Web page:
The Hollywood Hustle featuring Da'VinchiBy Evan Majors
Mar. 2 2021, Published 5:05 p.m. ET
“L.A Stands For…Lying All the Time” Tweeted CW’s All-American series regular Da’Vinchi who plays Darnell Hayes on the popular sports drama currently filming season three, slated to air sometime in 2021.
“I call it red carpet talk. Whenever you’re on the red carpet it’s kind of like, ‘Oh, yeah, you’re super. Oh yeah, I have this…yeah, yeah, you know what? Call me.’ It’s pointless chatter,” says Da’Vinchi talking about the facade of “La La Land” while being interviewed on his 25th birthday.
Photography by Sam McGuire
Styling by Apuje Kalu
Grooming by Jenna Nelson for Tatcha
Within two weeks of arriving in Hollywood from New York City in 2017, Da’Vinchi booked his first L.A. acting job on Grown-ish, a spin-off of ABC’s hit series Black-ish created by Kenya Barris and Larry Wilmore. “I was super shocked that that happened. I still remember it like it was yesterday,” says Da’Vinchi. “It was only supposed to be for one episode, then it turned into two, three, four, five, six, seven, and then I’m throughout the season. It paved the way for me to stay in L.A. If I had listened to my agents and managers who said, ‘Stay in New York because you don’t have a name in L.A.,’ I would have never got that. Every time I think about that story, it’s so surreal because, it’s like, had I not listened to my intuition, I don’t know where I would be right now.”
It does happen, but not often, when luck plays a part in an actor’s early success, but Da’Vinchi is no overnight success. Before Hollywood he was grinding in the Big Apple and working on his craft. “I worked so many jobs, some legal, some illegal, then networking day and night, connecting with people and training and acting and performing. I actually got discovered at Jay-Z’s mom’s restaurant, Diamondz N Da Ruff Café & Lounge, in Newark, New Jersey. Me and Gloria Carter, Jay’s mom, have a close relationship, and it was at her restaurant that a manager discovered me.”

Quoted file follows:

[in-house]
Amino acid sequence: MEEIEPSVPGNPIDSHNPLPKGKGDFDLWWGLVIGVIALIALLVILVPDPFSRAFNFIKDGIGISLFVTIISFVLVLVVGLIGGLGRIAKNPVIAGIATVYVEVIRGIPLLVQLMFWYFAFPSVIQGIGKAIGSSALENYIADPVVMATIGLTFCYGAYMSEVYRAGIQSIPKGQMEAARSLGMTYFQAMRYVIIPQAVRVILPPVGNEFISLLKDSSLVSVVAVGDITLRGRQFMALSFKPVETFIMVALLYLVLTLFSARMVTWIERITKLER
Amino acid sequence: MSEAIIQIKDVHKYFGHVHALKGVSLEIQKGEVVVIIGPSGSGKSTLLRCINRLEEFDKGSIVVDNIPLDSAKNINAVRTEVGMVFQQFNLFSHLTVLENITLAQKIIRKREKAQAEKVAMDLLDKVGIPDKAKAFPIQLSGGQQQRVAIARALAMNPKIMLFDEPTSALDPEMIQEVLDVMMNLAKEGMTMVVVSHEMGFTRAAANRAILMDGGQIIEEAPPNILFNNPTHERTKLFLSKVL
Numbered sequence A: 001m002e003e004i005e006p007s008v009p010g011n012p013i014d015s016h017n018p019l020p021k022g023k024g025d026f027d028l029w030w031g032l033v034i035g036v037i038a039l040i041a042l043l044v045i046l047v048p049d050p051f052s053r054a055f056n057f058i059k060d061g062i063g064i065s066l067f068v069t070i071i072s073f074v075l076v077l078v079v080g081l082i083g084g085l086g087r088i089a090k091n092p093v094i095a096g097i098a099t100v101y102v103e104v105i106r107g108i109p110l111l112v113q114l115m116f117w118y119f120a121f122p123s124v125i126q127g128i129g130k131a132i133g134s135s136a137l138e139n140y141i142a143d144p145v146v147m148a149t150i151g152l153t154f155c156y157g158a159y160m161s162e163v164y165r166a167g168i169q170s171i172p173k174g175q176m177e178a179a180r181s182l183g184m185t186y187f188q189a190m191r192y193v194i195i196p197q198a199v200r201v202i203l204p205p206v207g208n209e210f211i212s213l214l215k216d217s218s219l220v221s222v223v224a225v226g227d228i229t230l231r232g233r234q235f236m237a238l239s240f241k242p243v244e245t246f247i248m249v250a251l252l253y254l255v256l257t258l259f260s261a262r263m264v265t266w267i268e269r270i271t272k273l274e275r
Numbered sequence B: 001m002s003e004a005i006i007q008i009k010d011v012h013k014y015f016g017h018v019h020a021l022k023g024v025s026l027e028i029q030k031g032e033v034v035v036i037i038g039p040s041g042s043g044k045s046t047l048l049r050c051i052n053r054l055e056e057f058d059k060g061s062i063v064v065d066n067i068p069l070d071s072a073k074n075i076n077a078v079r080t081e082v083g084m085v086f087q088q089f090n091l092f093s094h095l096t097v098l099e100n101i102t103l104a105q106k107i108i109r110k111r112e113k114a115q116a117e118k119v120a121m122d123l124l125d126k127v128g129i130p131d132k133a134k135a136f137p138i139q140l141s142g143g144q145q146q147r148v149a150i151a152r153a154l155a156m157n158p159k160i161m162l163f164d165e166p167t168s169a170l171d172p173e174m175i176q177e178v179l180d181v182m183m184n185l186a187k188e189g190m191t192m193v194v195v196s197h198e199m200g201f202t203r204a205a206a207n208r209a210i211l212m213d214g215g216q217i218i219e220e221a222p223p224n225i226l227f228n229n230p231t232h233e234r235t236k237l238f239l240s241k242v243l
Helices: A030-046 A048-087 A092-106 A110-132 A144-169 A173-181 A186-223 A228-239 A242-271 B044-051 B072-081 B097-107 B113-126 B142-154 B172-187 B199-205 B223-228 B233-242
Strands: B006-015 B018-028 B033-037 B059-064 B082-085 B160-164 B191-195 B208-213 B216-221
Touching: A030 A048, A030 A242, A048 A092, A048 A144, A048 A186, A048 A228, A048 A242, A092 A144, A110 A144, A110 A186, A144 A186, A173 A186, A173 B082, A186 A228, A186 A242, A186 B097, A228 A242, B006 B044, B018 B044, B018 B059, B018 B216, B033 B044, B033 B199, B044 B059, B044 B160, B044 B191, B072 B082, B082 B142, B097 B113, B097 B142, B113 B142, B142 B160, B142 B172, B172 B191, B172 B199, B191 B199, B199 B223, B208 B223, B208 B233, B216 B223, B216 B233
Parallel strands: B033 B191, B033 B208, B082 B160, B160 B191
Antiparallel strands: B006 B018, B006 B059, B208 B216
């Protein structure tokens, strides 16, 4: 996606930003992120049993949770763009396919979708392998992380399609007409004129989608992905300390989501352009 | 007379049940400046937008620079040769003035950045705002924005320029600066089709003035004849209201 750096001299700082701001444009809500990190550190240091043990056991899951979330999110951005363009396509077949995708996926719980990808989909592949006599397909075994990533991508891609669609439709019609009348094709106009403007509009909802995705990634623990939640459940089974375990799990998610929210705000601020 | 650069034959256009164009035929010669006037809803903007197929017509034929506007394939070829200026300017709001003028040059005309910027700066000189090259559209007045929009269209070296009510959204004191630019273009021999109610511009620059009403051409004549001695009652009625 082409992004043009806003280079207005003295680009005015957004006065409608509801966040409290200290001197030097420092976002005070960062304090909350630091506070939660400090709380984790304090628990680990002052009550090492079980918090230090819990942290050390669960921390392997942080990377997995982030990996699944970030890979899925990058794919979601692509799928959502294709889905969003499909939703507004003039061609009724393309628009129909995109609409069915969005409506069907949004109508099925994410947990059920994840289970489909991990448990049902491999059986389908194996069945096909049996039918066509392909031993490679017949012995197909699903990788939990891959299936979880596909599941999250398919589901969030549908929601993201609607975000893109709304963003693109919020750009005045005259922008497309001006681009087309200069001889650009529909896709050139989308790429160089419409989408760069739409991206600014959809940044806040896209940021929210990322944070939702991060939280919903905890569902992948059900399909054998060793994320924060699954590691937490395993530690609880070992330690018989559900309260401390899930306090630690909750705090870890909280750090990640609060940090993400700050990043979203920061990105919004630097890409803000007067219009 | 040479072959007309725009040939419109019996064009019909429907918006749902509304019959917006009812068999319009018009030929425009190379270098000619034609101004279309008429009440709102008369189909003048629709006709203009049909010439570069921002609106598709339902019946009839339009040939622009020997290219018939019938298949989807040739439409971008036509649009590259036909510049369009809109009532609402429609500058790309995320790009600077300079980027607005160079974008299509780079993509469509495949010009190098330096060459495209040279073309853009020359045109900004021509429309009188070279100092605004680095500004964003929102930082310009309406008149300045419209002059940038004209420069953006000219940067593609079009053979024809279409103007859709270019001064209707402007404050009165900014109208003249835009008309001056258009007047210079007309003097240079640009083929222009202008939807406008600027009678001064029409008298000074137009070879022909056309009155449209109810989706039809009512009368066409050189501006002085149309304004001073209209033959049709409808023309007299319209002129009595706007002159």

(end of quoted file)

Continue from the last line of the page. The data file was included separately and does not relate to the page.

The hustle of an up and coming actor is non-stop. To make it in Hollywood takes a lot of sacrifice. Da’Vinchi was doing exactly that while he was a student at the College of Central Florida majoring in Criminal Justice. Da’Vinchi explained, “I got rid of my social life. I deleted my social media. I spent 18 months celibate. It was about two years I was celibate, and I was just really focused. I was saving my money and creating a plan on how to make it out, so when I got back to New York, I had capital because this was going to be the fuel that allowed me to move.”
Now that Da’Vinchi is a full-fledged Angeleno whose star continues to shine, he finds himself auditioning more, yet during this time when Hollywood is trying to rectify its diversity problem on-screen and behind the camera, he finds himself continually challenged by the diversity effort. “I see Hollywood is definitely trying, but there’s also some unfair things that happen, still,” says Da’Vinchi. “For instance, I’ll go out for a role where the Black dude is supposed to be from the streets or whatever. I will do such a great job, but the casting director is like, ‘He’s too clean cut. He’s too much of a pretty boy. He’s not Black enough.’ I’m just like, wait, what are you talking about? Yea, I had that happen a few times, and I was like, dang, that sucks.”
There are many things a young actor of color has to learn during their climb in Tinsel Town. It can be a confusing journey trying to hold onto your past, while simultaneously stepping into your newfound celebrity status. People change, friends become strangers and the hands that once extended to uplift you, now extend only for handouts. “During quarantine, I have really sat back and analyzed some people that are really close to me,” says Da’Vinchi. “I realized I needed to X out some people in my circle because they’re not good for my spirit.”
Knowing how to move and who to move with is a crucial lesson to learn, especially if you’re looking to empower and inspire the masses through your art like Da’Vinchi. “I would love to play a superhero. If I could play a superhero, oh man! I would quit acting right after. When I get there one day.”